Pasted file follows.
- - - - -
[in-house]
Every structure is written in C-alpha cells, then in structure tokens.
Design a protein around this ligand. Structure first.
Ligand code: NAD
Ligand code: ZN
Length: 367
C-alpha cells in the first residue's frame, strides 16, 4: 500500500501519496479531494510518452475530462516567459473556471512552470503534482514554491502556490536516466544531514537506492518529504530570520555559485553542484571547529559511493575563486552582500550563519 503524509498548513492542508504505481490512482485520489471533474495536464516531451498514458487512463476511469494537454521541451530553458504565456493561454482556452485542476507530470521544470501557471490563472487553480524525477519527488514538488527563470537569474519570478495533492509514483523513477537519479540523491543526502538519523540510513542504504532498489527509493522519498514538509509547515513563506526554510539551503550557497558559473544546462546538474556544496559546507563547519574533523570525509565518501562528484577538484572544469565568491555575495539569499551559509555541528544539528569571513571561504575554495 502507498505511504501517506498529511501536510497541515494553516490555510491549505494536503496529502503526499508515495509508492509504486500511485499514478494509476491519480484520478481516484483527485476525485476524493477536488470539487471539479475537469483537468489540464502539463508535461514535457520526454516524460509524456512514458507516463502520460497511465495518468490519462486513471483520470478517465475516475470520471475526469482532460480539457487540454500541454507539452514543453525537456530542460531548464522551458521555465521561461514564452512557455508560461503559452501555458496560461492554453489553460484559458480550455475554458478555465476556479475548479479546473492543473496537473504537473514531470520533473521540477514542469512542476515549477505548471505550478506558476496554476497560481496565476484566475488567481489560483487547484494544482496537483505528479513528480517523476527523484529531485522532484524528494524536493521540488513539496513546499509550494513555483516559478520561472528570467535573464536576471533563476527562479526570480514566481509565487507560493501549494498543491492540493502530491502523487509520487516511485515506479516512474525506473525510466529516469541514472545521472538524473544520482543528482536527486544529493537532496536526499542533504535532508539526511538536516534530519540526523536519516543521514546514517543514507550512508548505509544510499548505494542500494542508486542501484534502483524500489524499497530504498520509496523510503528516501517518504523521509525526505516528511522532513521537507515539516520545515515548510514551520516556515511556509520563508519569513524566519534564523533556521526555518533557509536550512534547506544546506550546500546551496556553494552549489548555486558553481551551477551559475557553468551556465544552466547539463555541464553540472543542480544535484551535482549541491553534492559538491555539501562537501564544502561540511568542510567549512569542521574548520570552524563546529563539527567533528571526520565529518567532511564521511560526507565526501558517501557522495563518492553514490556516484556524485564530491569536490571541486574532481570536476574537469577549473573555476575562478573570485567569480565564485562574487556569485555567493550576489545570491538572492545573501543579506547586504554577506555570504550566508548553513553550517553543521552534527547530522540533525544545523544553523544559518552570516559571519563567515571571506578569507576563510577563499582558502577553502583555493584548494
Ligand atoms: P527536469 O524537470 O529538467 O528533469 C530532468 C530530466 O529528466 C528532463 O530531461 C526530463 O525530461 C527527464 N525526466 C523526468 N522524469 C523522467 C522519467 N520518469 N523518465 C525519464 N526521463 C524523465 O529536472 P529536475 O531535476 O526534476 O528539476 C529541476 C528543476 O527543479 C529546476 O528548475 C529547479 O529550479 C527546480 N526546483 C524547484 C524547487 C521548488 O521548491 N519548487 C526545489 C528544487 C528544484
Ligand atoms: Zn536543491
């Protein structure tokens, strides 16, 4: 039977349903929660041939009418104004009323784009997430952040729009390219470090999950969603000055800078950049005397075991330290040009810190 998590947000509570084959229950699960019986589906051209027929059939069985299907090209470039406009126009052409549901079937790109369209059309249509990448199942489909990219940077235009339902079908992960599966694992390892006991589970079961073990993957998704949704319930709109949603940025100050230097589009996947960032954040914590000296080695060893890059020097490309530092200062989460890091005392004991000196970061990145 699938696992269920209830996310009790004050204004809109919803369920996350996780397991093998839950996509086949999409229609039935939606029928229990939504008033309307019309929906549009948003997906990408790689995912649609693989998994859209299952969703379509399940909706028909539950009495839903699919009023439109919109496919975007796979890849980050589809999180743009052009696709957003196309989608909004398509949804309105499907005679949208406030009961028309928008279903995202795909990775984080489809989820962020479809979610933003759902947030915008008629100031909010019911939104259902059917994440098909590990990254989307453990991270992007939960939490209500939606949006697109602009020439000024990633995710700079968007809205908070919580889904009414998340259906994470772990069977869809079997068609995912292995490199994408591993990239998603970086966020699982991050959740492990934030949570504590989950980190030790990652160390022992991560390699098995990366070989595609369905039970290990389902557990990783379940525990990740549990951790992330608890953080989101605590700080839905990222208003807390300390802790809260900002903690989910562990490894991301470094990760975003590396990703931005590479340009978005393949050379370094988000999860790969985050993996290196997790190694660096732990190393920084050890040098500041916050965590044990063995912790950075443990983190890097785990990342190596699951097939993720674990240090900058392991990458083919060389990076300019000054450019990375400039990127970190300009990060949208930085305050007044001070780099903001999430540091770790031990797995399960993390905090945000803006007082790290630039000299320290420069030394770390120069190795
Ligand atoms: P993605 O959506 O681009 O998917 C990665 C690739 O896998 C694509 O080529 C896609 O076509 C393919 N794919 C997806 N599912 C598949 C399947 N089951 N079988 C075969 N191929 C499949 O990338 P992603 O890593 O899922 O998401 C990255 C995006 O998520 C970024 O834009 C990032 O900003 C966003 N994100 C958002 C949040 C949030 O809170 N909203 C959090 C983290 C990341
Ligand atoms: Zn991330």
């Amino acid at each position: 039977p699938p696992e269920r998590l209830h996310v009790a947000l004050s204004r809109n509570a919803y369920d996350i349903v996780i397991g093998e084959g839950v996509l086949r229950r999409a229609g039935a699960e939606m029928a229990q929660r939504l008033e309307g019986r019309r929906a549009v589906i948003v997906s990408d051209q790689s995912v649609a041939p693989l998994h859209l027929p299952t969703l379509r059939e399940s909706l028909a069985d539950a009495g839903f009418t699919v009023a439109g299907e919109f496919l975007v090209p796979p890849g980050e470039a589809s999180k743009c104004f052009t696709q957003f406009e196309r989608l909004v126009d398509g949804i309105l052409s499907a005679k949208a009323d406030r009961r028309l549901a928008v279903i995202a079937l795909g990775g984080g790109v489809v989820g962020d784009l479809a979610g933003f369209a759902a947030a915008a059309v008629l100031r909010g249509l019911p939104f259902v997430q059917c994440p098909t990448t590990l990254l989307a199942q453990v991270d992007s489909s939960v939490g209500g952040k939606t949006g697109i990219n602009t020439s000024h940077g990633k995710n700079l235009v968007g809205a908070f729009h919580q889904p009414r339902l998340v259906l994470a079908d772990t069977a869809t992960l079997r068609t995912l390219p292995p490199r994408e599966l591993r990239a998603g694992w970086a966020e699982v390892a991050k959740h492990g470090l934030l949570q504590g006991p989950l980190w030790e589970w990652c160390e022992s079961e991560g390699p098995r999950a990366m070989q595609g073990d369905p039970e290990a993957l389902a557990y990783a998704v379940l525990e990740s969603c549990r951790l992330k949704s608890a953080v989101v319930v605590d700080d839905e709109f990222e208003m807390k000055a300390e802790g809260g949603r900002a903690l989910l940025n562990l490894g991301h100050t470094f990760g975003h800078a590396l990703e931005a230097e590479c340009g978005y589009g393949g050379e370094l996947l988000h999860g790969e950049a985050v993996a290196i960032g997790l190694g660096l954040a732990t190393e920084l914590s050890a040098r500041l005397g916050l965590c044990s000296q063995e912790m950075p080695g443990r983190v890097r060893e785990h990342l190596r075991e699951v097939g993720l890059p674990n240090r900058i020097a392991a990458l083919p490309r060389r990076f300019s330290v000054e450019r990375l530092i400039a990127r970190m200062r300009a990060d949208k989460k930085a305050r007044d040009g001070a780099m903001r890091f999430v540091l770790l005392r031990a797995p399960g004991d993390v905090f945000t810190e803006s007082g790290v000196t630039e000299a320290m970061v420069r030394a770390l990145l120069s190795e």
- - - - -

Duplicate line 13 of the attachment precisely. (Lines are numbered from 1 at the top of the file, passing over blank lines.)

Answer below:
């Amino acid at each position: 039977p699938p696992e269920r998590l209830h996310v009790a947000l004050s204004r809109n509570a919803y369920d996350i349903v996780i397991g093998e084959g839950v996509l086949r229950r999409a229609g039935a699960e939606m029928a229990q929660r939504l008033e309307g019986r019309r929906a549009v589906i948003v997906s990408d051209q790689s995912v649609a041939p693989l998994h859209l027929p299952t969703l379509r059939e399940s909706l028909a069985d539950a009495g839903f009418t699919v009023a439109g299907e919109f496919l975007v090209p796979p890849g980050e470039a589809s999180k743009c104004f052009t696709q957003f406009e196309r989608l909004v126009d398509g949804i309105l052409s499907a005679k949208a009323d406030r009961r028309l549901a928008v279903i995202a079937l795909g990775g984080g790109v489809v989820g962020d784009l479809a979610g933003f369209a759902a947030a915008a059309v008629l100031r909010g249509l019911p939104f259902v997430q059917c994440p098909t990448t590990l990254l989307a199942q453990v991270d992007s489909s939960v939490g209500g952040k939606t949006g697109i990219n602009t020439s000024h940077g990633k995710n700079l235009v968007g809205a908070f729009h919580q889904p009414r339902l998340v259906l994470a079908d772990t069977a869809t992960l079997r068609t995912l390219p292995p490199r994408e599966l591993r990239a998603g694992w970086a966020e699982v390892a991050k959740h492990g470090l934030l949570q504590g006991p989950l980190w030790e589970w990652c160390e022992s079961e991560g390699p098995r999950a990366m070989q595609g073990d369905p039970e290990a993957l389902a557990y990783a998704v379940l525990e990740s969603c549990r951790l992330k949704s608890a953080v989101v319930v605590d700080d839905e709109f990222e208003m807390k000055a300390e802790g809260g949603r900002a903690l989910l940025n562990l490894g991301h100050t470094f990760g975003h800078a590396l990703e931005a230097e590479c340009g978005y589009g393949g050379e370094l996947l988000h999860g790969e950049a985050v993996a290196i960032g997790l190694g660096l954040a732990t190393e920084l914590s050890a040098r500041l005397g916050l965590c044990s000296q063995e912790m950075p080695g443990r983190v890097r060893e785990h990342l190596r075991e699951v097939g993720l890059p674990n240090r900058i020097a392991a990458l083919p490309r060389r990076f300019s330290v000054e450019r990375l530092i400039a990127r970190m200062r300009a990060d949208k989460k930085a305050r007044d040009g001070a780099m903001r890091f999430v540091l770790l005392r031990a797995p399960g004991d993390v905090f945000t810190e803006s007082g790290v000196t630039e000299a320290m970061v420069r030394a770390l990145l120069s190795e």